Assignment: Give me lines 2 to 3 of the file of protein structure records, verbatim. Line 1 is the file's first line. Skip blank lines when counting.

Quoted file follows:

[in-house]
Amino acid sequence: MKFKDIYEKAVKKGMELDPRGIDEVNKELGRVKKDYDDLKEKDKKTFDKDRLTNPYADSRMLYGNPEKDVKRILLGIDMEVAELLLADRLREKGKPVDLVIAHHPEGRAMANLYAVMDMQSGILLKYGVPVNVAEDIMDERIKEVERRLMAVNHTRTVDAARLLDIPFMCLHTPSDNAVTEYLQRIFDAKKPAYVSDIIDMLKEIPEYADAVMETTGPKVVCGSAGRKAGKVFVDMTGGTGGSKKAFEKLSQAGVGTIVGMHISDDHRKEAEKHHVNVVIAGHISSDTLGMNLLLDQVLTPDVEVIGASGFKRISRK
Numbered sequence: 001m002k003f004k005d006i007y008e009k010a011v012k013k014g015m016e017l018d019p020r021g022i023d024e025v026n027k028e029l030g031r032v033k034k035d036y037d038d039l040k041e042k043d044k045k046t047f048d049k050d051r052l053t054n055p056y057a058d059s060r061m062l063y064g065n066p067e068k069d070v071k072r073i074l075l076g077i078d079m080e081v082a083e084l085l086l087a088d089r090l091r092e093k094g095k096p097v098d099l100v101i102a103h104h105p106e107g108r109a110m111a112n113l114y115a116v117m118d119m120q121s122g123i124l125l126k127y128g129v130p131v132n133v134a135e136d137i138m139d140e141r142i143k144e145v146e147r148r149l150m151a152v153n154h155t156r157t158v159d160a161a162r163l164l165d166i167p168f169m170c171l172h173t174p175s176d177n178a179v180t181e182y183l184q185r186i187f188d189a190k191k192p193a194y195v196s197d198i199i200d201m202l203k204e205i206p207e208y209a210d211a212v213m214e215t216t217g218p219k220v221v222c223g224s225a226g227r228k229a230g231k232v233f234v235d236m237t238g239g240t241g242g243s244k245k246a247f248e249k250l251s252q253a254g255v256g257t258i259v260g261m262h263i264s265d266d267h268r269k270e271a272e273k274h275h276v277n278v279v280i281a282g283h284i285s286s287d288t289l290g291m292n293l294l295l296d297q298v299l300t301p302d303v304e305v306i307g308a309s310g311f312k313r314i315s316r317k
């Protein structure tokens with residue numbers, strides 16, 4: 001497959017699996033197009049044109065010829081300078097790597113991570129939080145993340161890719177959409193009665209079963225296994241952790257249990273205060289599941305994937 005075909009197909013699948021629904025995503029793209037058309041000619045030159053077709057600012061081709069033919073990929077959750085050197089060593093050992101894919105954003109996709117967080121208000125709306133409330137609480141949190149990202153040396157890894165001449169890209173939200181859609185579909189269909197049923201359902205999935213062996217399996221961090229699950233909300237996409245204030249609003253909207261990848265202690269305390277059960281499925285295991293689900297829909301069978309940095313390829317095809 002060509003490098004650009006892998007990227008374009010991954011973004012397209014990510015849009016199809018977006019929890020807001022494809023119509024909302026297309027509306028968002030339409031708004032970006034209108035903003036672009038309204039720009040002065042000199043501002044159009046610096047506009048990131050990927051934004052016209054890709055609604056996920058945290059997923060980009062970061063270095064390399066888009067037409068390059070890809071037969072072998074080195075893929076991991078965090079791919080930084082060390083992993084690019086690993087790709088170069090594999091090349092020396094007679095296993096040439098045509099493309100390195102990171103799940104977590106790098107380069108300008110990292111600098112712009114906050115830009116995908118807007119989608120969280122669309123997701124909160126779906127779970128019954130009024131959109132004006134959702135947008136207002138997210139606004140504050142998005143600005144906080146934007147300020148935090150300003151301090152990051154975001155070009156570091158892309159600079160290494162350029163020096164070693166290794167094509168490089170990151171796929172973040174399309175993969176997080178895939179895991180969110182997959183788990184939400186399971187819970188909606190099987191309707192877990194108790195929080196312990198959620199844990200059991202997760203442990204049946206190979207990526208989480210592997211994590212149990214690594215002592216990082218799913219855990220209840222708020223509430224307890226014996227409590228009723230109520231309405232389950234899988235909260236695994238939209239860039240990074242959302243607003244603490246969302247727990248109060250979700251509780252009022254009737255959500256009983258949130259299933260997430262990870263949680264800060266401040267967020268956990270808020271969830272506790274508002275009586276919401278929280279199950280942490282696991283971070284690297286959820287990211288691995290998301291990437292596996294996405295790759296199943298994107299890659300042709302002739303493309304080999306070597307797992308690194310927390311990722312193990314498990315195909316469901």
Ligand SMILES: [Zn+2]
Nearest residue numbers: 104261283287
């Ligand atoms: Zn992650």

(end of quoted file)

Amino acid sequence: MKFKDIYEKAVKKGMELDPRGIDEVNKELGRVKKDYDDLKEKDKKTFDKDRLTNPYADSRMLYGNPEKDVKRILLGIDMEVAELLLADRLREKGKPVDLVIAHHPEGRAMANLYAVMDMQSGILLKYGVPVNVAEDIMDERIKEVERRLMAVNHTRTVDAARLLDIPFMCLHTPSDNAVTEYLQRIFDAKKPAYVSDIIDMLKEIPEYADAVMETTGPKVVCGSAGRKAGKVFVDMTGGTGGSKKAFEKLSQAGVGTIVGMHISDDHRKEAEKHHVNVVIAGHISSDTLGMNLLLDQVLTPDVEVIGASGFKRISRK
Numbered sequence: 001m002k003f004k005d006i007y008e009k010a011v012k013k014g015m016e017l018d019p020r021g022i023d024e025v026n027k028e029l030g031r032v033k034k035d036y037d038d039l040k041e042k043d044k045k046t047f048d049k050d051r052l053t054n055p056y057a058d059s060r061m062l063y064g065n066p067e068k069d070v071k072r073i074l075l076g077i078d079m080e081v082a083e084l085l086l087a088d089r090l091r092e093k094g095k096p097v098d099l100v101i102a103h104h105p106e107g108r109a110m111a112n113l114y115a116v117m118d119m120q121s122g123i124l125l126k127y128g129v130p131v132n133v134a135e136d137i138m139d140e141r142i143k144e145v146e147r148r149l150m151a152v153n154h155t156r157t158v159d160a161a162r163l164l165d166i167p168f169m170c171l172h173t174p175s176d177n178a179v180t181e182y183l184q185r186i187f188d189a190k191k192p193a194y195v196s197d198i199i200d201m202l203k204e205i206p207e208y209a210d211a212v213m214e215t216t217g218p219k220v221v222c223g224s225a226g227r228k229a230g231k232v233f234v235d236m237t238g239g240t241g242g243s244k245k246a247f248e249k250l251s252q253a254g255v256g257t258i259v260g261m262h263i264s265d266d267h268r269k270e271a272e273k274h275h276v277n278v279v280i281a282g283h284i285s286s287d288t289l290g291m292n293l294l295l296d297q298v299l300t301p302d303v304e305v306i307g308a309s310g311f312k313r314i315s316r317k